After posting a health information exchange (HIE) security best practices article last week, a reader posed an interesting question: Where do HIE vendors fit into the equation?
HIE vendors consistently deal with electronic protected health information (ePHI) during training and, while some may comply with Health Insurance Portability and Accountability Act (HIPAA) regulations because of individual HIE rules, it isn’t in writing that they have to do so. This should be a concern for everyone that’s part of the effort toward decrease healthcare data breaches because their use of this data is unregulated and there doesn’t seem to be any security standards in the HITECH Act for vendors.
There are plenty of HIEs that prioritize vendor security. For example, according to the Arizona HIE website, it requires vendors to secure and audit their services:
“HISP vendors will complete a security audit and penetration test on their technology infrastructure and provide documented results to Arizona customers. The security audit and penetration test must be repeated on a regular basis as required by law and no less frequently than annually and as there are significant technology infrastructure changes. HISPS will also notify their customers of major findings and corrective actions and all known breaches.”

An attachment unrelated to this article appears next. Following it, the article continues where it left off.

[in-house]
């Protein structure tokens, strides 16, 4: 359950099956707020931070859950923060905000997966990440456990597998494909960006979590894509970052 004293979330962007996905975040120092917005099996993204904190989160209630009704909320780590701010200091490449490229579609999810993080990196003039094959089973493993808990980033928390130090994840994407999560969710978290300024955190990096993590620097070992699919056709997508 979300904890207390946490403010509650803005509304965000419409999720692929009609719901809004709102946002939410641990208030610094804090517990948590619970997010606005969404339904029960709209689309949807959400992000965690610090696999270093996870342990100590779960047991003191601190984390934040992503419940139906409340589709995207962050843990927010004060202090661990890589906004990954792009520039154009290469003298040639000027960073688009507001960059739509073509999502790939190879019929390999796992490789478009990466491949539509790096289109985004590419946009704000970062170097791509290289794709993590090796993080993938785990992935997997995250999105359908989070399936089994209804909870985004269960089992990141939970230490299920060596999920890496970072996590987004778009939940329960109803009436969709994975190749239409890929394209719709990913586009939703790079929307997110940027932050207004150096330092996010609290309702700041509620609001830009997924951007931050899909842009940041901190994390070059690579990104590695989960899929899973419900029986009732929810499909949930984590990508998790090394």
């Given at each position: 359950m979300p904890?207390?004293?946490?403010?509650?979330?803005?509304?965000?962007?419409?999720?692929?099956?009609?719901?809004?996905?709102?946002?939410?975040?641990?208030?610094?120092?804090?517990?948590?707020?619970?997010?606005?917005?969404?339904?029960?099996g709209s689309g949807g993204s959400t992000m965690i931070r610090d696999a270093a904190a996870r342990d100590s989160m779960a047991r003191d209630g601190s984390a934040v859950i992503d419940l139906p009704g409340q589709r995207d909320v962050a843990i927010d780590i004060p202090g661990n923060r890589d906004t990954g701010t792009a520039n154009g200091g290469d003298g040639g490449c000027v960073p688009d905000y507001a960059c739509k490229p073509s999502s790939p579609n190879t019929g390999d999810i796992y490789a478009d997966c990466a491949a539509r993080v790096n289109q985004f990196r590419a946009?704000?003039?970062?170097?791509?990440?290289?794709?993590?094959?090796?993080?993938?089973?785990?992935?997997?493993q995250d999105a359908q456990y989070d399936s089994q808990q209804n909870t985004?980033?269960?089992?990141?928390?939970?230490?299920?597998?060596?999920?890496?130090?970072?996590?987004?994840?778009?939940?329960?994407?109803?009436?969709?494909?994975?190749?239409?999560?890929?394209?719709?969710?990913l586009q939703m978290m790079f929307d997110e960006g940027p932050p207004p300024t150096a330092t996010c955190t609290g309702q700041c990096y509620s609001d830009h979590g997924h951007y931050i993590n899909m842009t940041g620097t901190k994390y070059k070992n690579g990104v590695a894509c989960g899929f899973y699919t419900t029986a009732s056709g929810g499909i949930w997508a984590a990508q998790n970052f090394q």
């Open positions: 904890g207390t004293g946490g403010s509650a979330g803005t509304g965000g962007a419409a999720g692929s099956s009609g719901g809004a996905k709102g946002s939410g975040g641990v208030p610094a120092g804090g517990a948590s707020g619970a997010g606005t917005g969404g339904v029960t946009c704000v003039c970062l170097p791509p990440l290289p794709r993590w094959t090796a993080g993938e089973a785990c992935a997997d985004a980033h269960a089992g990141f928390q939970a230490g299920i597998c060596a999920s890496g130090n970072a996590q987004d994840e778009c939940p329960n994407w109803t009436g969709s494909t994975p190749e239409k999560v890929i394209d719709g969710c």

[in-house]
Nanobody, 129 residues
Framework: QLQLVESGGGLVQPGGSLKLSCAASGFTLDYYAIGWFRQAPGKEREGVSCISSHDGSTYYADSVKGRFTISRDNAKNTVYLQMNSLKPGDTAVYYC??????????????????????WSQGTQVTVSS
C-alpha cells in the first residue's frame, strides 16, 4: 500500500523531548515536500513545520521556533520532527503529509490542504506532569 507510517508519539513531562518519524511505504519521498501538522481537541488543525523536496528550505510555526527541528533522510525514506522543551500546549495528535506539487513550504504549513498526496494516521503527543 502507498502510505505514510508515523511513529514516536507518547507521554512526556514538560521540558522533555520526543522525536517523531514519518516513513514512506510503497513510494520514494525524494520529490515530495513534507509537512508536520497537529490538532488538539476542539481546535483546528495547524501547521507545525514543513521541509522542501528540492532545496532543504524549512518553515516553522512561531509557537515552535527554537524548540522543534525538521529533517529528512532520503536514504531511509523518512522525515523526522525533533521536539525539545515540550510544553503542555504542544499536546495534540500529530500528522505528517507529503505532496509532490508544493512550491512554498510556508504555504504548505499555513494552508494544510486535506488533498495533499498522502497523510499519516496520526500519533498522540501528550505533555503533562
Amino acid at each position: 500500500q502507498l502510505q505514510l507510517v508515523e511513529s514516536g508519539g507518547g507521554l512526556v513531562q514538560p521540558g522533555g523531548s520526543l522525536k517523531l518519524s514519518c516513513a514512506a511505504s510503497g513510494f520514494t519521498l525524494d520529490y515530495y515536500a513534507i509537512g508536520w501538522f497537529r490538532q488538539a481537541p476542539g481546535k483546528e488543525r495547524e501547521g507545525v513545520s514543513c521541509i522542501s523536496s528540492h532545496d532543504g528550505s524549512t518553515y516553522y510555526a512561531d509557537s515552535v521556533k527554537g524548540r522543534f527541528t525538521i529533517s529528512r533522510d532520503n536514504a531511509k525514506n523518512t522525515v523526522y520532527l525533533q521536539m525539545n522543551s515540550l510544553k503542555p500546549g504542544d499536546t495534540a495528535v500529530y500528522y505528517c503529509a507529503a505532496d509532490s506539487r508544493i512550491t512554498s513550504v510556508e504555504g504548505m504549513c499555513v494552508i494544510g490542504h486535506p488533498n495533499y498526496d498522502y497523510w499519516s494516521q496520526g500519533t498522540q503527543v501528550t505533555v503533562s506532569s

But Bobby Gladd, senior meaningful use adoption support project coordinator and HIPAA staff resource for HealtHIE Nevada, thinks that the requirements need to be in line with what HIEs and healthcare providers have to deal with. He believes that the language in Sec. 13401 of the HITECH Act applies to vendors and they should obey security rules without HIEs requiring them to do so:
“(a) Application of Security Provisions. — Sections 164.308, 164.310, 164.312, and 164.316 of title 45, Code of Federal Regulations, shall apply to a business associate of a covered entity in the same manner that such sections apply to the covered entity. The additional requirements of this title that relate to security and that are made applicable with respect to covered entities shall also be applicable to such a business associate and shall be incorporated into the business associate agreement between the business associate and the covered entity.”
The wording in this section of the act certainly looks like it should apply to both vendors and HIEs. Gladd, as an HIE and EHR consultant, works with vendors all the time that don’t need to follow HIPAA rules by the book. He said that vendors have access to ePHI and should adhere to the same standards as HIEs, which don’t even store data. What if a vendor’s employee is unhappy with his job or wants to steal information? He said that while vendors aren’t the sole reason for data breaches, there should be HIPAA audits for these companies as well to reduce risk.
The government often talks about the need for standardization and better security practices. Do you agree that vendors should be subject to the same rules as healthcare providers and HIEs? Let us know below if you think increasing vendor security will have an impact on diminishing health data security breaches.
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